The last few years have been difficult ones for nearly everyone in the car business. We say nearly everyone, because while other manufacturers watched sales dissolve, Subaru’s sales improved. To find out why, one needs only to take a look inside its current crop of cars.
Case in point, the 2011 Subaru Forester.
While the exterior is ruggedly civilized, the interior is all sophistication with its pleasant mix of shapes, textures and colors. Additionally, all the latest techno features you’ll ever need are included among the Forester’s offerings. Howerver, by dividing Forester into two basic models with different trim levels within each model, Subaru manages to deliver the basic package’s all-wheel drive and torquey engines to a broad variety of consumers. If you’re an urban driver that loves your Bluetooth, navigation, and satellite radio, there’s a Forester for that. On the other hand, if you just want to be able deal with snow, muddy roads, high altitude, trails, and/or the occasional paved road as you head into to town to pick up supplies and don’t care about electronic gee-jaws, there’s a Forester for that too.
It’s not a new strategy, but it’s one Subaru embraces better than most these days.
Two engines are available to power the 2011 Subaru Forester. Both are horizontally opposed four cylinder units displacing 2.5-liters. The normally aspirated version is all-new for 2011 and delivers 170 horsepower at 6000 rpm and 174-ft-lbs of torque. While it makes the same power as before, since it is slightly larger and uses a double overhead cam system for intake/exhaust, it doesn’t have to work as hard—thus improving fuel economy. Mileage is estimated at 21-city and 27-highway, whether you team it with the four-speed automatic or five-speed manual transmission. The turbocharged engine goes into 2011 unchanged, producing 224 horsepower at 5200 rpm and 226 ft-lbs of torque at 2800 rpm. Available only with the automatic transmission, the turbo returns 19-city and 24 on the highway.
Forester won’t be classified as fast with either engine, though there is a discernable difference with the turbo. Still though, if you live at sea level and/or rarely go into the mountains, save some money, opt for the standard engine. You’ll pay less to get the car and you’ll get better fuel economy too. However, if you live in a mountainous region, deal with a lot of hills, and/or haul a lot of gear around (which the Forester will readily let you do) best get the turbo. Unless you’ve been paying absolutely no attention at all, you know by now every Subaru vehicle is all-wheel drive, however you might not know its all-wheel drive system is capable of transferring all engine output to a single wheel if said wheel is the only one of the four with traction.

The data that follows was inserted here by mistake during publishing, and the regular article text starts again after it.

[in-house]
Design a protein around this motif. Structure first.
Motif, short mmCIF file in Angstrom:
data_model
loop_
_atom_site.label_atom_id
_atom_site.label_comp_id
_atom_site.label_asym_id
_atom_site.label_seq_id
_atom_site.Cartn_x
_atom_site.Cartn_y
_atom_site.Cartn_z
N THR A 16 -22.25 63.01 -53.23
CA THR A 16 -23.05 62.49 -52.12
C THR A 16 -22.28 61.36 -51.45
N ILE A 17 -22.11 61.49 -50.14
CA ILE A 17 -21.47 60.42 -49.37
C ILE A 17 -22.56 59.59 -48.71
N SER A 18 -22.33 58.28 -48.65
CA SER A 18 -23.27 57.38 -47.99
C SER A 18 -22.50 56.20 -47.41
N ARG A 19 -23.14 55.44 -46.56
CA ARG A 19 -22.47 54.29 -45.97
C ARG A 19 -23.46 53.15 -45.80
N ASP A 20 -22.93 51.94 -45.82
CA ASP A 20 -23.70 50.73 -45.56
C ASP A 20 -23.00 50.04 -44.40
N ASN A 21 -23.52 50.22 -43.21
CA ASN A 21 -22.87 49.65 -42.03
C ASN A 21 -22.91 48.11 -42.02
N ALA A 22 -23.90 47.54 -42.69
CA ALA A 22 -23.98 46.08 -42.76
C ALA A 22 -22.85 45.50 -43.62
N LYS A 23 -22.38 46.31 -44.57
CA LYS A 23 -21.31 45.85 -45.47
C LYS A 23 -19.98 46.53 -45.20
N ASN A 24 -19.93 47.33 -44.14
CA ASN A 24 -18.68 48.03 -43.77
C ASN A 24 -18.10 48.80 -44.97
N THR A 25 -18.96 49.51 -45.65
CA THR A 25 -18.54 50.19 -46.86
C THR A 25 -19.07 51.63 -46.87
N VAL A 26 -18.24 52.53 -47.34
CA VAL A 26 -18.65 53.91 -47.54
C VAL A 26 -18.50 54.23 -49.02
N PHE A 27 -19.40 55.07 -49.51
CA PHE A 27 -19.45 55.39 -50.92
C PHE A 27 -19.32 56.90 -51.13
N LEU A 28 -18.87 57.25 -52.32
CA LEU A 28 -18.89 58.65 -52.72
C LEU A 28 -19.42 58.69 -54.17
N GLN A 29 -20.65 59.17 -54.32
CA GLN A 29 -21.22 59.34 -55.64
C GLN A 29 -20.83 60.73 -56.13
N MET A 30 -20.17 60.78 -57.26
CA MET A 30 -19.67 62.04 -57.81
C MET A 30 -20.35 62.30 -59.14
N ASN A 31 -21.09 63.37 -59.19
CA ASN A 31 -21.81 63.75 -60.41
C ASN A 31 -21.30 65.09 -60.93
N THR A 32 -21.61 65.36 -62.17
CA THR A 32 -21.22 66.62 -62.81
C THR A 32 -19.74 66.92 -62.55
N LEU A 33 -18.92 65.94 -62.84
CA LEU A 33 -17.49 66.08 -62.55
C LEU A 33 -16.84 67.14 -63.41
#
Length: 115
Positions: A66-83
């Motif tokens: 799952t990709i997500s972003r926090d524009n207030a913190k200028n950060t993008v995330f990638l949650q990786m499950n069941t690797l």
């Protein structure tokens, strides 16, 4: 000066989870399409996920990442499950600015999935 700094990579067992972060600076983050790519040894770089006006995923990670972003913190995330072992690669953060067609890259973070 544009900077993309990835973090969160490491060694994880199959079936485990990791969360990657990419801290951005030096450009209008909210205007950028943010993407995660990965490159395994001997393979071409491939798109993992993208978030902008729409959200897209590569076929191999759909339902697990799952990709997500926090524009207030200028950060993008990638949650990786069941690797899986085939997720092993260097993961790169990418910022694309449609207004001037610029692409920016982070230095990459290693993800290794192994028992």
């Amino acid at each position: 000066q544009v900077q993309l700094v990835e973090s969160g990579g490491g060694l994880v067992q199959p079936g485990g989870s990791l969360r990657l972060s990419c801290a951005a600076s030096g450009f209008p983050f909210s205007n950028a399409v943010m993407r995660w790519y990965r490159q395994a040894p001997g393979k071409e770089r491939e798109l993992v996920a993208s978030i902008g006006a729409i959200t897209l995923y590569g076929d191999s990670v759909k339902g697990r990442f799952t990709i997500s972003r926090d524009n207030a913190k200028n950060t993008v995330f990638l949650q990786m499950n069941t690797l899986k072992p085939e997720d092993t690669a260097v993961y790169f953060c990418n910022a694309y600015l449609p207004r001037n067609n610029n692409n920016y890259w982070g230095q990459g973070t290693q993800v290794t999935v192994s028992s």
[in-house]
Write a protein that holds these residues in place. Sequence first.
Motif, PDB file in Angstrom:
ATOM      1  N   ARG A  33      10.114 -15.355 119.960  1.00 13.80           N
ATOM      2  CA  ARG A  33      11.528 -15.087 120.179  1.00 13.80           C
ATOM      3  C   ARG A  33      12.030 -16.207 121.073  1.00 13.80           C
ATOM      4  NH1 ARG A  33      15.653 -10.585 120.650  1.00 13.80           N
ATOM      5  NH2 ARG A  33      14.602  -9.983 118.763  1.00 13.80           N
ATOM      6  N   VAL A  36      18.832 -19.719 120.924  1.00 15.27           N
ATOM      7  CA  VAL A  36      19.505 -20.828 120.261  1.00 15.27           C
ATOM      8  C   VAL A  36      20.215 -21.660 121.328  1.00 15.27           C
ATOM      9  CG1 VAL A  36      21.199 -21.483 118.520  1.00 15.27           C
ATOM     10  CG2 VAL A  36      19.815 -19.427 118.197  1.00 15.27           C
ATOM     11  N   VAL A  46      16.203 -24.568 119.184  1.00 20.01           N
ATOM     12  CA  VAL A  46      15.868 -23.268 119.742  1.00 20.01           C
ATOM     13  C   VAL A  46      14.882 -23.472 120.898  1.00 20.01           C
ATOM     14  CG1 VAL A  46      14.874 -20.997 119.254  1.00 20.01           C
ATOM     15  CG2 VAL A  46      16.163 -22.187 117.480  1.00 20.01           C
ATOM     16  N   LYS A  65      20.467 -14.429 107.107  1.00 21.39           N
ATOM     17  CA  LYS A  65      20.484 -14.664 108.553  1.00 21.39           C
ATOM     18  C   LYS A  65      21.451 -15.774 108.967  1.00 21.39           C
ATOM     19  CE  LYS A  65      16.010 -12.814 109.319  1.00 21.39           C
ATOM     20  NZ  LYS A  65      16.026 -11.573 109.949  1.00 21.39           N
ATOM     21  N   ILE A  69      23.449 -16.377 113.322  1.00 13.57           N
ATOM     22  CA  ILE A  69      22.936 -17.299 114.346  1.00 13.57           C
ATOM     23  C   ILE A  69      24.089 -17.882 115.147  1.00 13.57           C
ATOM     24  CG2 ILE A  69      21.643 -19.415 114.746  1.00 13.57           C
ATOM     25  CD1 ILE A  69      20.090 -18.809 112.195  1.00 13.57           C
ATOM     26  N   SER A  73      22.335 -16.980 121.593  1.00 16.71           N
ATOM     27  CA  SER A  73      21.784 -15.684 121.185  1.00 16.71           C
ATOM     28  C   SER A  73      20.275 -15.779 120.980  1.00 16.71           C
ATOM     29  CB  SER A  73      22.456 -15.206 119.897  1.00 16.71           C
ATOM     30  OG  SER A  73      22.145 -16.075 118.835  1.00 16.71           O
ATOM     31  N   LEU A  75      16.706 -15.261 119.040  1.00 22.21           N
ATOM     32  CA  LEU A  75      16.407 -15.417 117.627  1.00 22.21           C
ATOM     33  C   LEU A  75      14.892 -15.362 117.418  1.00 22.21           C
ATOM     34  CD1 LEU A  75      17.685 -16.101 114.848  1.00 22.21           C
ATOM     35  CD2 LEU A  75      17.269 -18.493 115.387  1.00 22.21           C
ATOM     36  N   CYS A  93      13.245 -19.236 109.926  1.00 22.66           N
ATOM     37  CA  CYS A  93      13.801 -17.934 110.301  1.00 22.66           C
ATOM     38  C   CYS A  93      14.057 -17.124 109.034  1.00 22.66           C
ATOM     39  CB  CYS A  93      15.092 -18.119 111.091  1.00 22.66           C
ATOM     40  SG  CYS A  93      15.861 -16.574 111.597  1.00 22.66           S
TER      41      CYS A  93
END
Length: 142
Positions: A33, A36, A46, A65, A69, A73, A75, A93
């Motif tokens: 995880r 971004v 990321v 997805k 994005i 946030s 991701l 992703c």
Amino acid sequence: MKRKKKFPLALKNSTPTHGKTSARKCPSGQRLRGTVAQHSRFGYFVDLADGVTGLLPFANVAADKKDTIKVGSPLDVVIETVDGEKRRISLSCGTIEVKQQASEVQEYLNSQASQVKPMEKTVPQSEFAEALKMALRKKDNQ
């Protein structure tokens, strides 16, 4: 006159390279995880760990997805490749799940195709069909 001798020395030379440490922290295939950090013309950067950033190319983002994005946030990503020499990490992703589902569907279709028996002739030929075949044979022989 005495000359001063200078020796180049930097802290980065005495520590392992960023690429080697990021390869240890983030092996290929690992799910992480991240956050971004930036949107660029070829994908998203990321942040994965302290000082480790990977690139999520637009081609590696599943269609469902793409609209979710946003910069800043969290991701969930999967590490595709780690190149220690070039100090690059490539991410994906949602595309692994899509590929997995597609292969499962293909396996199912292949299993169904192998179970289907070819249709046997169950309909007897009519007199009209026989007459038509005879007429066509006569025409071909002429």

Going down the road, the Forester serves up a pleasantly comfortable ride, while exhibiting adequate body control. Though it sits relatively high with nine inches of ground clearance, it doesn’t go all tipsy on you when you ask for a brisk change of direction. Taller drivers might wish for a bit more thigh support from the seats, but headroom isn’t going to be a problem for anyone. Getting in and out of the Forester is so easy you don’t even notice how easy it is. You just take it for granted that’s the way a car is supposed to be. (We’re here to tell you folks, that ain’t always the case.) With all those tall windows, outward visibility is a strong point for the Forester as well.
Bottom line, as family transpo, the Subaru Forester excels. If you’re an active individual who likes to get out and do things but doesn’t want to be saddled with a full-size SUV, the 2011 Forester should also be added to your shopping list. However, if your thing is image and appearance above everything else, you might consider the Subaru to be kind of gawky with its tall ride height, odd little hood scoop and (let’s face it—boxy shape). But, if you’re about substance over style—which based on the Forester’s sales figures it seems many people are—the 2011 Subaru Forester has a lot to offer.
Pricing starts at $21,220 with destination charges.